Fernando Berckemeyer, 76, the ambassador of Peru to the United States from 1949 to 1963 and again from 1968 to 1975, died Friday in Lima, Peru, where he was visiting members of his family. He had a respiratory ailment.
Ambassador Berckemeyer, who had lived in San Francisco since 1975, was born in Lima. In 1923, he graduated from the University of Notre Dame in South Bend, Ind. He worked for a bank in New York and entered the Peruvian diplomatic service in 1925. His first foreign post was Washington.
In the course of his career, he was consul general in San Francisco, Seattle and New York City. In 1942, he was transferred to the Peruvian embassy in London, where he served as counselor and charge d'affaires until the end of World War II. He was the Peruvian minister to Sweden from 1946 to 1948 and ambassador to Britain from 1947 to 1948.
He then was appointed ambassador to the United States. He was a specialist in financial and economic affairs and served as his country's governor to the World Bank and the International Monetary Fund. He also attended numerous conferences organized by the United Nations.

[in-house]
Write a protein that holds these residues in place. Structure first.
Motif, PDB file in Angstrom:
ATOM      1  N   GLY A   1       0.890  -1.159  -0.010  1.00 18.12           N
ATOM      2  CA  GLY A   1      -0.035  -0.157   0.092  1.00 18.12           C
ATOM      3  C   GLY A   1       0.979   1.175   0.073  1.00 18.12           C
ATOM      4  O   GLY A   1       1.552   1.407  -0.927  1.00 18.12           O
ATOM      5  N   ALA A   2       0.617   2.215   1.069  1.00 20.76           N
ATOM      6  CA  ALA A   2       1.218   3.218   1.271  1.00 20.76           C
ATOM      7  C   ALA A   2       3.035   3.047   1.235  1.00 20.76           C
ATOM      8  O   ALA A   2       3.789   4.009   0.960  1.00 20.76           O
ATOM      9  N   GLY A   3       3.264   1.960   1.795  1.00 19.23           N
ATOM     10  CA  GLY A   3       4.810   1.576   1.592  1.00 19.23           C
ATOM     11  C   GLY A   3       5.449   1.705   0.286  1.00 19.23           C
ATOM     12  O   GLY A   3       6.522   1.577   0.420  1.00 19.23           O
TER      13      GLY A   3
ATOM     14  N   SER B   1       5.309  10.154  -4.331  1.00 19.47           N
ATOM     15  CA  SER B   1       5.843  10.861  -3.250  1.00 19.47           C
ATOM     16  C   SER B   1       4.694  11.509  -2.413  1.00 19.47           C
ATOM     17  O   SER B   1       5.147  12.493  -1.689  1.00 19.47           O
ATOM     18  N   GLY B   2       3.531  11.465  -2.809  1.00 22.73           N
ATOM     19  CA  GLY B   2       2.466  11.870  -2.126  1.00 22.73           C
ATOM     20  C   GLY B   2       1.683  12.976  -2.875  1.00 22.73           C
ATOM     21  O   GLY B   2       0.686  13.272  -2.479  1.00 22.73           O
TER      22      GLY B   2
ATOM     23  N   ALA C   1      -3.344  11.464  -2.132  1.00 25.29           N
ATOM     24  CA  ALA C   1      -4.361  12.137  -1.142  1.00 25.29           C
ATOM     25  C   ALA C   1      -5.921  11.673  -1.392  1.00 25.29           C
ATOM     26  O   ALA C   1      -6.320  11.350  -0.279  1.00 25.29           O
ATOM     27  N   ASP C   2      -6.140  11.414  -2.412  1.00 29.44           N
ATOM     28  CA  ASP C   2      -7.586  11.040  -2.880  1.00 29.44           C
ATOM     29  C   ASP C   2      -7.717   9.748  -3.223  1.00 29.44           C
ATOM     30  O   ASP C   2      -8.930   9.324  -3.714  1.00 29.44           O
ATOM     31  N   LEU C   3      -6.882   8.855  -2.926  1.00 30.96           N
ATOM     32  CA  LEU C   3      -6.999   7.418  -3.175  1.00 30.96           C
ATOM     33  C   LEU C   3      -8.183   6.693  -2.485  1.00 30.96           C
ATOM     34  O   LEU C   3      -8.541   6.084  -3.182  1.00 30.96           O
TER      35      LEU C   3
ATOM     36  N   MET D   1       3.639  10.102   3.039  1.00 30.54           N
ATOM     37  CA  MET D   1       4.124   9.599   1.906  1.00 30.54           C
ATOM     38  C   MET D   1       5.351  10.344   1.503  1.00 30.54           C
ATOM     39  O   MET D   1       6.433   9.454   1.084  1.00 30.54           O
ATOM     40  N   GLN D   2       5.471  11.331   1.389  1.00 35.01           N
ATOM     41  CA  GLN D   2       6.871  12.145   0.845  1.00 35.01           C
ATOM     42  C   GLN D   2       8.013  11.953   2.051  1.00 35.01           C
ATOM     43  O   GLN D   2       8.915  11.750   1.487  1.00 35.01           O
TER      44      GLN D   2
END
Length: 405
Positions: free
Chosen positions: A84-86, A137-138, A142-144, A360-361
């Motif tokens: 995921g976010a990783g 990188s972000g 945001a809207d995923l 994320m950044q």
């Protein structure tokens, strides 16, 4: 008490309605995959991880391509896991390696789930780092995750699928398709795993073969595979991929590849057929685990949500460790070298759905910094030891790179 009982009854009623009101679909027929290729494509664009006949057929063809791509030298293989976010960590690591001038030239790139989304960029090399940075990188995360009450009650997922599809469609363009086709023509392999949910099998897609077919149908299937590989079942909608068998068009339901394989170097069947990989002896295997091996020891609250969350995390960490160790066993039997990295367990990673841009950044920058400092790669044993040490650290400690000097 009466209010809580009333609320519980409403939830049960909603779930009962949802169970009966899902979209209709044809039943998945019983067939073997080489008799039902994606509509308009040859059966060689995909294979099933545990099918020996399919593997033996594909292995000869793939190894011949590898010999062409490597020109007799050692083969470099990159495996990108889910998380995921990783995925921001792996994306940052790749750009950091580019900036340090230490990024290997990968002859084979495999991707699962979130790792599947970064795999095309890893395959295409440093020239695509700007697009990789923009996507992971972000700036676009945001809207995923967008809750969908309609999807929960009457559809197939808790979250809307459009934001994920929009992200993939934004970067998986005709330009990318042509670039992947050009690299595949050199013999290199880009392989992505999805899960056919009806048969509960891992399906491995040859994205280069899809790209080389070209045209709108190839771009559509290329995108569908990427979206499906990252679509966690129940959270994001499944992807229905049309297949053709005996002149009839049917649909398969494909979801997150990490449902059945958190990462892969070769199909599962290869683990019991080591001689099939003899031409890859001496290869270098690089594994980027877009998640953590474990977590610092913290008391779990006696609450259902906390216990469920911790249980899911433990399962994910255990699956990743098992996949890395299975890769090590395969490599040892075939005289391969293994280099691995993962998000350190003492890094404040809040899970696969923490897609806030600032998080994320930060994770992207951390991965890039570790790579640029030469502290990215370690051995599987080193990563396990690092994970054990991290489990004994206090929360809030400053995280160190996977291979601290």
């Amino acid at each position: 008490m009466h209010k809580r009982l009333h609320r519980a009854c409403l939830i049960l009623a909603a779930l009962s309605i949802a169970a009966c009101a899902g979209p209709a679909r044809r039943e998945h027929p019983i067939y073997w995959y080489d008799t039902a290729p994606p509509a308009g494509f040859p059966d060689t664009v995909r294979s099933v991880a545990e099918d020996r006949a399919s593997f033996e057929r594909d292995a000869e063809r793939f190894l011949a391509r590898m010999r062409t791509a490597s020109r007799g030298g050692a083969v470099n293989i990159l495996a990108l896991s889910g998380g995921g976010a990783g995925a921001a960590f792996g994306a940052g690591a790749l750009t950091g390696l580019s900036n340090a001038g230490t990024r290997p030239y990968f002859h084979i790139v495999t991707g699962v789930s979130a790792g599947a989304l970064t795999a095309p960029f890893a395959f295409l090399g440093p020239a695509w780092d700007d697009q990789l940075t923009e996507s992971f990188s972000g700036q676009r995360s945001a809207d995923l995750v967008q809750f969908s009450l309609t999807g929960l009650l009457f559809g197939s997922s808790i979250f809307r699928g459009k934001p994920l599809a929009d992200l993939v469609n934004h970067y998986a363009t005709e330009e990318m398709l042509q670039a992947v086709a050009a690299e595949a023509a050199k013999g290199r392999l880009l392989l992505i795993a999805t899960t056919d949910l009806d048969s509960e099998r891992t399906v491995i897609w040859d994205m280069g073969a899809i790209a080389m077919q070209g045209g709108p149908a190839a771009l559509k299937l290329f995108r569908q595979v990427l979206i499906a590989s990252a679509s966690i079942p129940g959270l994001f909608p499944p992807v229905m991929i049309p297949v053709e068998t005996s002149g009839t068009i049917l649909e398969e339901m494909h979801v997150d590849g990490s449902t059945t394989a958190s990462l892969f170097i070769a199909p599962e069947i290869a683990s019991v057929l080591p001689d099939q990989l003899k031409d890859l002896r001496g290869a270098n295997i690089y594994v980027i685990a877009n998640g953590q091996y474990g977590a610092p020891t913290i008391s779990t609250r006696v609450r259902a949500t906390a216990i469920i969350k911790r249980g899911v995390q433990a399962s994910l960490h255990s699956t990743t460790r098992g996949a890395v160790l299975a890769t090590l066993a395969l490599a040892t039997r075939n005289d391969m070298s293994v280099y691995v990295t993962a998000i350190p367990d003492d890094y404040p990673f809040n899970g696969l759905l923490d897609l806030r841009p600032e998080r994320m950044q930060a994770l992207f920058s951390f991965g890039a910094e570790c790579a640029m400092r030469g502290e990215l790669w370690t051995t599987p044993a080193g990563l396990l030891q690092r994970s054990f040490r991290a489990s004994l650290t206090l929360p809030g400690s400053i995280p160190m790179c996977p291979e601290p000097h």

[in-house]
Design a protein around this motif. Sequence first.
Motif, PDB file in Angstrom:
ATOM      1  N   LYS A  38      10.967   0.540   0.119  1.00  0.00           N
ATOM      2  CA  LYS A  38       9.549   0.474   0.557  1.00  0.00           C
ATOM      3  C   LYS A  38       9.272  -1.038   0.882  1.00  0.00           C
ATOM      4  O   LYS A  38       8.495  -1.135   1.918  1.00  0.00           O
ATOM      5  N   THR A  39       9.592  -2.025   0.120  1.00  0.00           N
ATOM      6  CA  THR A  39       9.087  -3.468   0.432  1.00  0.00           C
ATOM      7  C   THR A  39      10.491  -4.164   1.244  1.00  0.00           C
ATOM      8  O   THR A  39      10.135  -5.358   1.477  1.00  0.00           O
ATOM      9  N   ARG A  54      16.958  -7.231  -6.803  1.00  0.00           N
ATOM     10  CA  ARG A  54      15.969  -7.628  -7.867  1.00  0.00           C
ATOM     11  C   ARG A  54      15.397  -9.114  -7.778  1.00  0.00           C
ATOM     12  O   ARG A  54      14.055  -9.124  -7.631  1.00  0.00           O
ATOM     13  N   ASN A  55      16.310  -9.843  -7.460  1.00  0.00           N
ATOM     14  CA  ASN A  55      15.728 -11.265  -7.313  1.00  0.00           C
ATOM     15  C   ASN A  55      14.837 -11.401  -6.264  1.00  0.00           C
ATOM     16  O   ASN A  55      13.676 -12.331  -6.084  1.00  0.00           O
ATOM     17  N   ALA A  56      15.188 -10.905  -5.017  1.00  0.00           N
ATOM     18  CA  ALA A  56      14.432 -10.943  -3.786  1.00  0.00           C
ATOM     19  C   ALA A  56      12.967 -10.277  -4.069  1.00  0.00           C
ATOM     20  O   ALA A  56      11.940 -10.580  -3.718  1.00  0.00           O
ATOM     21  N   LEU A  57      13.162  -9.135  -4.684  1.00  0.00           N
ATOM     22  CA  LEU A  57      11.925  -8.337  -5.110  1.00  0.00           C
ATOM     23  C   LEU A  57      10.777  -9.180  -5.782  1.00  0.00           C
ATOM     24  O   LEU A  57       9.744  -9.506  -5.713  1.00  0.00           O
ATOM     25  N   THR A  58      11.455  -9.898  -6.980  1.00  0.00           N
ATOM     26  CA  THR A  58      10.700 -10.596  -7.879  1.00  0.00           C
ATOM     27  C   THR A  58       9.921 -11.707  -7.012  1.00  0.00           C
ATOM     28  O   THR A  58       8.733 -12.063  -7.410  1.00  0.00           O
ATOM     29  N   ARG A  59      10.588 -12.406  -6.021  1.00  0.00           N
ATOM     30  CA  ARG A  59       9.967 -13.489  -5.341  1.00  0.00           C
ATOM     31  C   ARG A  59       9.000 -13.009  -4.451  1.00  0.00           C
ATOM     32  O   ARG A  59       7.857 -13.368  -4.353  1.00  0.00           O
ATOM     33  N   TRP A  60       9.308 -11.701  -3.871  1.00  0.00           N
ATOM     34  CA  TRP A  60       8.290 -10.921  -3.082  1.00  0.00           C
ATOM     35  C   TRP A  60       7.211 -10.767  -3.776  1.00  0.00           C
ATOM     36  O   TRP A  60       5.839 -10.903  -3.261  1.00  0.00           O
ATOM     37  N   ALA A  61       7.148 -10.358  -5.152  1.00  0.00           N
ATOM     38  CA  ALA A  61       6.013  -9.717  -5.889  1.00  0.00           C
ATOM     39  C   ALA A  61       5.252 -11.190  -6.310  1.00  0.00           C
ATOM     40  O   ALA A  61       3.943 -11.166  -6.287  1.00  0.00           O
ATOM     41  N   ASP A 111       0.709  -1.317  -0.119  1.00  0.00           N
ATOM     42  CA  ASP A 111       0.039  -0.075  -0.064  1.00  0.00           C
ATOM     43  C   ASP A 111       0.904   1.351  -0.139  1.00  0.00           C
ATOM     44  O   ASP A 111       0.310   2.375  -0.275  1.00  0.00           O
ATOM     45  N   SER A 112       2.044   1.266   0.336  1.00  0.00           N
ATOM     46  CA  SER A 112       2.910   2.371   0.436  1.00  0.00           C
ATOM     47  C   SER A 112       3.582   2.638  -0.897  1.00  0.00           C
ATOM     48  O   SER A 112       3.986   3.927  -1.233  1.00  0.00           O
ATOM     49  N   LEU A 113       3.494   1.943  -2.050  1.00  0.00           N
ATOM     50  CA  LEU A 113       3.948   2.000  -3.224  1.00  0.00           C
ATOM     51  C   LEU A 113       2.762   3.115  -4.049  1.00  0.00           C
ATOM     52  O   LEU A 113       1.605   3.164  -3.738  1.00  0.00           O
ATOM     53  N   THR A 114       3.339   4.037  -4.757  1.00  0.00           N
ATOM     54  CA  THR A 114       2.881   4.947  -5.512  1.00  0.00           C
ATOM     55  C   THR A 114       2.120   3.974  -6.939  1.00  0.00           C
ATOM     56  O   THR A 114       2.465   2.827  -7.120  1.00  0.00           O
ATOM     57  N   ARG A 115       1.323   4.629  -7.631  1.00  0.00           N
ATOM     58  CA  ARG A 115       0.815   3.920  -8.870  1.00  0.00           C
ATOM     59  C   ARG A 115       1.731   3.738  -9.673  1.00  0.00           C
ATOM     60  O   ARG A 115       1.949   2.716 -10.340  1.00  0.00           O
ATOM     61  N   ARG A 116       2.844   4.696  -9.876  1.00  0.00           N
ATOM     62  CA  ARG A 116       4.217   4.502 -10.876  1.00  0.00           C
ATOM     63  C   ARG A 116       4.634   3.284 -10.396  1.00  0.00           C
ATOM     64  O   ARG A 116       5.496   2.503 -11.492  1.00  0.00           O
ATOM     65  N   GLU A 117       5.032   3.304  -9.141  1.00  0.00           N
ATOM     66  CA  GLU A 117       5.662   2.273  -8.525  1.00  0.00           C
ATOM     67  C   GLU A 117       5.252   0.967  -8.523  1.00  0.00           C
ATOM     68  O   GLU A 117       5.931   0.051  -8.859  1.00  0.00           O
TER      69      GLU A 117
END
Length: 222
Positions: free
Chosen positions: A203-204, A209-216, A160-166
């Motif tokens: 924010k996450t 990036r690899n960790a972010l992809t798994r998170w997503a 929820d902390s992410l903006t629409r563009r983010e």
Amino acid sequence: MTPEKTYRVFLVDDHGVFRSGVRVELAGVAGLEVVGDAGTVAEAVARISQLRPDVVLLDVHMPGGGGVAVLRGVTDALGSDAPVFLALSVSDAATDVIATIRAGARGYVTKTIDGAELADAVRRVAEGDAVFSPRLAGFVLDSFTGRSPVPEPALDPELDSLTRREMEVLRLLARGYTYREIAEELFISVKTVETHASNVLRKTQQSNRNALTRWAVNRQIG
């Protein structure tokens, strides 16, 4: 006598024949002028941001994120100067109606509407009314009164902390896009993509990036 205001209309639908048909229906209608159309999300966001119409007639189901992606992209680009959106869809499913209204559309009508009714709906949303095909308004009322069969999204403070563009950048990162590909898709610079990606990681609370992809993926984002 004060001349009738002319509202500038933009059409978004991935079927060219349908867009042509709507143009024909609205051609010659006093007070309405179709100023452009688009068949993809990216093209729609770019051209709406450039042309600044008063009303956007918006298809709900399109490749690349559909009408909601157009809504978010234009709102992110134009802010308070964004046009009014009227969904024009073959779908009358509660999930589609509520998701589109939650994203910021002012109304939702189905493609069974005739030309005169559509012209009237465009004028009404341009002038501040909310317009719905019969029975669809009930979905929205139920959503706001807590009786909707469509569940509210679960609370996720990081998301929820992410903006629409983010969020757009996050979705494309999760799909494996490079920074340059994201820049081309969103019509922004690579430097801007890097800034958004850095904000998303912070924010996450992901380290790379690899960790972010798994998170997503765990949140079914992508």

From 1963 to 1968, Ambassador Berckemeyer was a businessman in San Francisco. He then returned here as ambassador. Since his retirement in 1975, he had been a consultant on economic and financial affairs to various Pervian government agencies and to banking institutions in Peru, the United States and Europe.
His first wife, the former Clarebel Rapp, died in 1971.
Survivors include his wife, Elizabeth, of San Francisco; an adopted son, Fernando, of Lima; a stepdaugher, Mrs. Howard Chickering of New York City; three brothers, Lose, Luis and Oscar Berckemeyer, and a sister, Maruja Alvarado, all of Lima, and one gradson.